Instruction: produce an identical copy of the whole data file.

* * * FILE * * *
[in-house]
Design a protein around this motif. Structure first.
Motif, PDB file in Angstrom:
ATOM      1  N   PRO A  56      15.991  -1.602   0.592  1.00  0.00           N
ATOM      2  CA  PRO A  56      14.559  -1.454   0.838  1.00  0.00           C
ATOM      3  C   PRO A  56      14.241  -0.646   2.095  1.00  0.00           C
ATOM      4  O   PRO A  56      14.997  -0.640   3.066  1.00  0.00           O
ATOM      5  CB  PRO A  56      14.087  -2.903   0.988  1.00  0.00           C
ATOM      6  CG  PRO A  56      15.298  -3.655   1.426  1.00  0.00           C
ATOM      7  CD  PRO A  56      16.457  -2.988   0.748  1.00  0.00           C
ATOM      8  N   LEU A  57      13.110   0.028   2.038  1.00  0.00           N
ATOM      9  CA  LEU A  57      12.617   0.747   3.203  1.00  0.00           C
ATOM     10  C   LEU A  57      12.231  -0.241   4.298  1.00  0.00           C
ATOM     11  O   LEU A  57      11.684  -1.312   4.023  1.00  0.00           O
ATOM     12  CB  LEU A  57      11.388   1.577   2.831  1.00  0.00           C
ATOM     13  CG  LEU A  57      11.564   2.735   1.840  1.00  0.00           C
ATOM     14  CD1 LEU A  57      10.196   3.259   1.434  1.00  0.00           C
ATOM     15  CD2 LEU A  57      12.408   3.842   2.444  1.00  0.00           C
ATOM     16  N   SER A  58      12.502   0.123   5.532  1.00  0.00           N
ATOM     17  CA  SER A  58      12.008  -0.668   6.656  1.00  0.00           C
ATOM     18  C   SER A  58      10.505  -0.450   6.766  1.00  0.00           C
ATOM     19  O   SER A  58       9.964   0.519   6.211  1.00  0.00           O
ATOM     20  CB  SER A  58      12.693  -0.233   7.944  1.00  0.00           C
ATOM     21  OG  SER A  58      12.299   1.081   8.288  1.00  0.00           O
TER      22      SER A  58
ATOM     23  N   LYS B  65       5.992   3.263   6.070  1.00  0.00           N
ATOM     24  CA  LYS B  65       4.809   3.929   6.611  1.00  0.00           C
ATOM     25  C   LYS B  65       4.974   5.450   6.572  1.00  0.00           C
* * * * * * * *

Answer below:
[in-house]
Design a protein around this motif. Structure first.
Motif, PDB file in Angstrom:
ATOM      1  N   PRO A  56      15.991  -1.602   0.592  1.00  0.00           N
ATOM      2  CA  PRO A  56      14.559  -1.454   0.838  1.00  0.00           C
ATOM      3  C   PRO A  56      14.241  -0.646   2.095  1.00  0.00           C
ATOM      4  O   PRO A  56      14.997  -0.640   3.066  1.00  0.00           O
ATOM      5  CB  PRO A  56      14.087  -2.903   0.988  1.00  0.00           C
ATOM      6  CG  PRO A  56      15.298  -3.655   1.426  1.00  0.00           C
ATOM      7  CD  PRO A  56      16.457  -2.988   0.748  1.00  0.00           C
ATOM      8  N   LEU A  57      13.110   0.028   2.038  1.00  0.00           N
ATOM      9  CA  LEU A  57      12.617   0.747   3.203  1.00  0.00           C
ATOM     10  C   LEU A  57      12.231  -0.241   4.298  1.00  0.00           C
ATOM     11  O   LEU A  57      11.684  -1.312   4.023  1.00  0.00           O
ATOM     12  CB  LEU A  57      11.388   1.577   2.831  1.00  0.00           C
ATOM     13  CG  LEU A  57      11.564   2.735   1.840  1.00  0.00           C
ATOM     14  CD1 LEU A  57      10.196   3.259   1.434  1.00  0.00           C
ATOM     15  CD2 LEU A  57      12.408   3.842   2.444  1.00  0.00           C
ATOM     16  N   SER A  58      12.502   0.123   5.532  1.00  0.00           N
ATOM     17  CA  SER A  58      12.008  -0.668   6.656  1.00  0.00           C
ATOM     18  C   SER A  58      10.505  -0.450   6.766  1.00  0.00           C
ATOM     19  O   SER A  58       9.964   0.519   6.211  1.00  0.00           O
ATOM     20  CB  SER A  58      12.693  -0.233   7.944  1.00  0.00           C
ATOM     21  OG  SER A  58      12.299   1.081   8.288  1.00  0.00           O
TER      22      SER A  58
ATOM     23  N   LYS B  65       5.992   3.263   6.070  1.00  0.00           N
ATOM     24  CA  LYS B  65       4.809   3.929   6.611  1.00  0.00           C
ATOM     25  C   LYS B  65       4.974   5.450   6.572  1.00  0.00           C